Covid-19: What you need to know today
The fast-spreading disease that jumped from animals to humans in China has now infected about 200,000 people and caused nearly 8,300 deaths in 164 nations.
As the total number of Covid-19 cases in India rose to 151 (134 active) on Wednesday, experts once again called for more widespread testing, rumours swirled on WhatsApp, more events were called off and more public places closed, and a research paper published in Nature Medicine (on March 17), debunked the theory that the Sars-Cov-2 virus that causes the disease was man-made. Globally, the number of cases crossed 200,000 on Wednesday, at least doubling in two weeks.
The big question in India is whether community transmission has already happened. This refers to the infection of a person who has not travelled to a country where the infection is raging and has not had contact with an infected person, directly or indirectly. Some experts believe this has already happened in India. As Ramanan Laxminarayan, Center for Disease Dynamics, Economics & Policy, said: “I believe community transmission began in India two to three weeks ago, around the same time as other countries. India is not an exception in the way the virus behaves. We just haven’t tested a representative sample that India’s population of 1.4 billion warrants”. This means, it is only the lack of widespread testing in India that is keeping the numbers low. It also means the focus has to shift from prevention to mitigation.
There’s already been some talk of expanding the country’s testing capacity, by involving more government and private laboratories, although there has been no formal announcement on this. At some point (and sooner than later), the government has to get its hands around the whole testing problem and figure out a way of testing in scale, rapidly and inexpensively. In an interview on Tuesday, Gagandeep Kang, director of the Translational Health Science and Technology Institute and a Fellow of the Royal Society said opening up testing to Indian companies, “good at reducing cost” will help develop inexpensive tests. As of Wednesday, there are 72 government laboratories testing. Another 49 are to be added to this by the end of the week, and the government has spoken to 51 private ones about having them conduct tests. The testing protocol, however, remains the same – overseas travel to a Covid-positive country; exposure to someone diagnosed with the disease; or being a health care worker caring for Covid-19 patients. All accompanied by symptoms.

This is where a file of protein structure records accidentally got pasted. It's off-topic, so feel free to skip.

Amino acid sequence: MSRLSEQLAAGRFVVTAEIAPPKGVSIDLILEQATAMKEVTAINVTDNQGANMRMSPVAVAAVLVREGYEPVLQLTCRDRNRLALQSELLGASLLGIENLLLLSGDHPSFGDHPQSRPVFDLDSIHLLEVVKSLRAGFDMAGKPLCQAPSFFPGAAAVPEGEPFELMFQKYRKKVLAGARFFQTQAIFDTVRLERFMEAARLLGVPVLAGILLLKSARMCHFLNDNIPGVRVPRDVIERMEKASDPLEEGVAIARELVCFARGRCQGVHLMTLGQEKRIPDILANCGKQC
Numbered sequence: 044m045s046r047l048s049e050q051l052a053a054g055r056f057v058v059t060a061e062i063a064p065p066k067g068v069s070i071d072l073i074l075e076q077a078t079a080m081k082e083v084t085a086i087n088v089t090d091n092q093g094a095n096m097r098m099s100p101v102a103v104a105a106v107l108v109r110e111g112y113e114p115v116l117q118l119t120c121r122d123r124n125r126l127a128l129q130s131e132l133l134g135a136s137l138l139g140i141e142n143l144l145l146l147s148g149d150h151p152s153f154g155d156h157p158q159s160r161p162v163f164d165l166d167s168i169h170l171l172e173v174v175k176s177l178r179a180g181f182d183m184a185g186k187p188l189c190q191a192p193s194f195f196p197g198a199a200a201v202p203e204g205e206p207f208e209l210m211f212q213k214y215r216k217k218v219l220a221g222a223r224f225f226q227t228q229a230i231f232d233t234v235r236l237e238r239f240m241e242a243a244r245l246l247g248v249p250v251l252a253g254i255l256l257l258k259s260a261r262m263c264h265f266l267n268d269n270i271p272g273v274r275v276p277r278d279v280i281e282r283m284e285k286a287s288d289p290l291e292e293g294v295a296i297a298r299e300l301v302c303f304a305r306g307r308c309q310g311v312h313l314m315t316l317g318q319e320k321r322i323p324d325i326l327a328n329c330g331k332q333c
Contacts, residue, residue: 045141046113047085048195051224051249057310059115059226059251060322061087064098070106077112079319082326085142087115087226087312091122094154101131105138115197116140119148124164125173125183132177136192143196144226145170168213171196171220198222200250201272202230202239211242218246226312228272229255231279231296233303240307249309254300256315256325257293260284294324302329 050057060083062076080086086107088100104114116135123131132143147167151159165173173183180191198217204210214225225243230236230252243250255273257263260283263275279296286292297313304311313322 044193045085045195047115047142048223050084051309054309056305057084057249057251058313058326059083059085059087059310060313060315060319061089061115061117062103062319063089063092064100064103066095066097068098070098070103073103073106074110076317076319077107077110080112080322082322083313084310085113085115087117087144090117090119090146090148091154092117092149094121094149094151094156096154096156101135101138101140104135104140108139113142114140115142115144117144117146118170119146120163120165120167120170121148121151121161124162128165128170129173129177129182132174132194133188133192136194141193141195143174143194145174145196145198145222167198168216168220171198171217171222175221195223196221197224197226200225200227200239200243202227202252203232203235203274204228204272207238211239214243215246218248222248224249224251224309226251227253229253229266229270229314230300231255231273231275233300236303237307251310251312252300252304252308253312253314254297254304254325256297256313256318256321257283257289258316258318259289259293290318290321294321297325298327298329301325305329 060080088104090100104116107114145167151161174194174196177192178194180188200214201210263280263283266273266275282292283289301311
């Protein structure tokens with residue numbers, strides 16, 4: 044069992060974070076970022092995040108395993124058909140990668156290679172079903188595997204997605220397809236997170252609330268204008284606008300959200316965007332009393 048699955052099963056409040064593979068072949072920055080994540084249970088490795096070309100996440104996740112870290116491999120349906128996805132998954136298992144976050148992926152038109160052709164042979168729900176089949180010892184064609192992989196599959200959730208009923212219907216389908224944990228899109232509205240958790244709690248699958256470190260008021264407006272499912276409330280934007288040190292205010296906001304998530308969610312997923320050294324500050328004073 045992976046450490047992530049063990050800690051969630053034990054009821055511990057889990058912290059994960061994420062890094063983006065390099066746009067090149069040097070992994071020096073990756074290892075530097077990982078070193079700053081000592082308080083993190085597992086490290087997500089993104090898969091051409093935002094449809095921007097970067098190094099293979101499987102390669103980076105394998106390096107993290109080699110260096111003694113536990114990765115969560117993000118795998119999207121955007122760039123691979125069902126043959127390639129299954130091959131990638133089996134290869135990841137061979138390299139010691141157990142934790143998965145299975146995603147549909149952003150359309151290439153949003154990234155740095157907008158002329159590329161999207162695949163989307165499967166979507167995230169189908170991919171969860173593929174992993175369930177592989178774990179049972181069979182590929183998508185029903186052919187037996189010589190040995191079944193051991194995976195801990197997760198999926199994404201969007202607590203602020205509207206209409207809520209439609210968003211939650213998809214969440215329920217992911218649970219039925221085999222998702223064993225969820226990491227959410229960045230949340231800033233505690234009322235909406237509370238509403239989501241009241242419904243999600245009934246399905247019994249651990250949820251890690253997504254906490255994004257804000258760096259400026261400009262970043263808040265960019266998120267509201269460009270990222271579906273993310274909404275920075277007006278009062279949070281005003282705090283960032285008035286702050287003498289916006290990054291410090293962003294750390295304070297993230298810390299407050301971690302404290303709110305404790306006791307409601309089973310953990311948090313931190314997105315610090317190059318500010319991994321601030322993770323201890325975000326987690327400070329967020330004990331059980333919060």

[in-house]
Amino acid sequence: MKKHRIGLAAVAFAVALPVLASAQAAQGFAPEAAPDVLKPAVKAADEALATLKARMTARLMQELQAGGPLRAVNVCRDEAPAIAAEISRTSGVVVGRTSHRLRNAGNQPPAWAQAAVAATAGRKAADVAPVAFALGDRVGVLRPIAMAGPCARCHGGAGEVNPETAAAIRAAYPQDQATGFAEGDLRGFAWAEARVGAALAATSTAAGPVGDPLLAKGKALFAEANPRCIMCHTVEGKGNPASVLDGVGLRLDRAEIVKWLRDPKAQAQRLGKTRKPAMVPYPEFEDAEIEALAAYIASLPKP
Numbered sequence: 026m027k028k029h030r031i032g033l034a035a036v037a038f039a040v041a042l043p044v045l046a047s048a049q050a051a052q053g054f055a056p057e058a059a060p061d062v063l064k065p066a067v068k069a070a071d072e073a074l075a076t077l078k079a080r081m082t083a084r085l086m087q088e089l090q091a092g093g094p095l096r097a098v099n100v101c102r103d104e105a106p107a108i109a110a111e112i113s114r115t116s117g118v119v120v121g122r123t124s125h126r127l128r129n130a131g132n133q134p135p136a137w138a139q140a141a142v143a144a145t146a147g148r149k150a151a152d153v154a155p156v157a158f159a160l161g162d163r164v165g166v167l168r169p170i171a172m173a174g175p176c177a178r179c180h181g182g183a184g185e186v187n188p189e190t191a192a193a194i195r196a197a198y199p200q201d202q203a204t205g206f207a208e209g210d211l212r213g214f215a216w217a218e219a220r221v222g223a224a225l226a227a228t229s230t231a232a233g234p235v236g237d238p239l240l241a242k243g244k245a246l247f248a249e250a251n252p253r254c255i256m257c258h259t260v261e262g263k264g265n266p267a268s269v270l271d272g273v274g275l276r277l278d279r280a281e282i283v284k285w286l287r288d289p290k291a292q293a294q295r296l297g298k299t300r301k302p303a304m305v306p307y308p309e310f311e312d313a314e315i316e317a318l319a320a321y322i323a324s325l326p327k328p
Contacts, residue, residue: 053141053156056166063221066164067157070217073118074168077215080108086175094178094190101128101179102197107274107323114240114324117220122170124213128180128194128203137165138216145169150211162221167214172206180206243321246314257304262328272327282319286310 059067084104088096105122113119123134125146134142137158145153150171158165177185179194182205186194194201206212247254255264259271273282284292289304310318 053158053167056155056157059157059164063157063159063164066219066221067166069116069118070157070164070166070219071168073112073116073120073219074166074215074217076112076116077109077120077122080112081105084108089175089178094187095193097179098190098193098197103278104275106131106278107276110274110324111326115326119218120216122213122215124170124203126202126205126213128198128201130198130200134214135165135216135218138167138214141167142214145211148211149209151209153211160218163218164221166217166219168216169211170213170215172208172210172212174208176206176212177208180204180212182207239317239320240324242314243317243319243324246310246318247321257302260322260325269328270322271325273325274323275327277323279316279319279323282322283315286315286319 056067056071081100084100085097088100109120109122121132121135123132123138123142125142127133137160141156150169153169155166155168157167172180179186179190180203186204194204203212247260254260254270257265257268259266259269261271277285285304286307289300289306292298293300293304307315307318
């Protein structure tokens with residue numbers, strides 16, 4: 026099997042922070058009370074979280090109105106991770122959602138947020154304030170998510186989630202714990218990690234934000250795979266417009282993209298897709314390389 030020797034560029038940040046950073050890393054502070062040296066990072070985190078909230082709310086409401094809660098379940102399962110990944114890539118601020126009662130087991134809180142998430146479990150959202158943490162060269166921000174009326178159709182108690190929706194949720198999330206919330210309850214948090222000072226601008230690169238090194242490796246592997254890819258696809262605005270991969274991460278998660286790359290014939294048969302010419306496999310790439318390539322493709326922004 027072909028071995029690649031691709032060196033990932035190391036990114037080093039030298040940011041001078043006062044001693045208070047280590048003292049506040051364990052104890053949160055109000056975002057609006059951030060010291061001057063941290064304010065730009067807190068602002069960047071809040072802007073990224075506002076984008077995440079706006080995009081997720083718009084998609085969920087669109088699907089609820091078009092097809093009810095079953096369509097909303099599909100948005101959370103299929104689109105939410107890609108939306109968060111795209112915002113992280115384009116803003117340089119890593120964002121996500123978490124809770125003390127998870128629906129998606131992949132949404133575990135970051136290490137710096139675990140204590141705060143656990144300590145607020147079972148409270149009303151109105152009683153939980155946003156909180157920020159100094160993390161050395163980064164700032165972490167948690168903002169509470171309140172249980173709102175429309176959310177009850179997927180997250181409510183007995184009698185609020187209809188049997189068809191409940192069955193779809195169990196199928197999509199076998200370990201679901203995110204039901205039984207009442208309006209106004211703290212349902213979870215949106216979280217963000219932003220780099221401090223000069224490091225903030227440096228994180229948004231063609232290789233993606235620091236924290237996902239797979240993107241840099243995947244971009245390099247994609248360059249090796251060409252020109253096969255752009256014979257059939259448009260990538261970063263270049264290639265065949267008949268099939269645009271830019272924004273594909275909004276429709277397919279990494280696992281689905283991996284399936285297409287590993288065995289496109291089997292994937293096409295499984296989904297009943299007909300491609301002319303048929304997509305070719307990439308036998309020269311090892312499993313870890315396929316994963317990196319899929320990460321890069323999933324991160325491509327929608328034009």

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Social distancing, self-quarantines, and forced quarantines should continue, though, and be more strictly enforced. On Wednesday, there were again reports of several instances of people breaking quarantines.
India has so far not put out best-case and worst-case scenarios in terms of infections and fatalities. The mathematical models to do this exist, as does the expertise, but the number of people who have been tested is still low (11,500 as of March 17) for any of these models to be run.
Already, however, it is clear that Covid-19 is also affecting India’s economy, and the livelihoods of millions. According to the latest data available, around 93 million Indians are engaged so-called casual labour, and paid every day. Of this, only 3% are engaged in public works. Already, governments around the world have announced hundreds of billions of dollars in fiscal stimuli to keep the economy afloat. US President Donald Trump is talking of cheques in the mail. The Indian government knows the benefit of direct cash transfers. The emerging consensus is that it should announce a plan for the economy.
There should also be a plan to combat rumours. On Wednesday, rumours about parts of Delhi being locked down, and wholesale markets being closed, swirled on India’s most popular messaging platform WhatsApp. The platform, owned by Facebook Inc., announced a $1 million grant to Poynter to come up with a global fact-checking network to combat rumours on coronavirus.
One such rumour, which grew into a conspiracy theory, was that the virus was man-made, created in a Chinese laboratory as a possible biological weapon. A paper by Kristian Andersen of the Scripps Research Institute (he is the corresponding author; there are several co-authors as well), titled “The proximal origin of Sars-Cov-2” and published on Tuesday in Nature Medicine debunked that to some extent. The researchers compared the genome sequence of this virus with other strains of coronavirus and found that it “originated through natural processes”.
But the mitigation of its impact on the nation’s health and economy will definitely require manual intervention.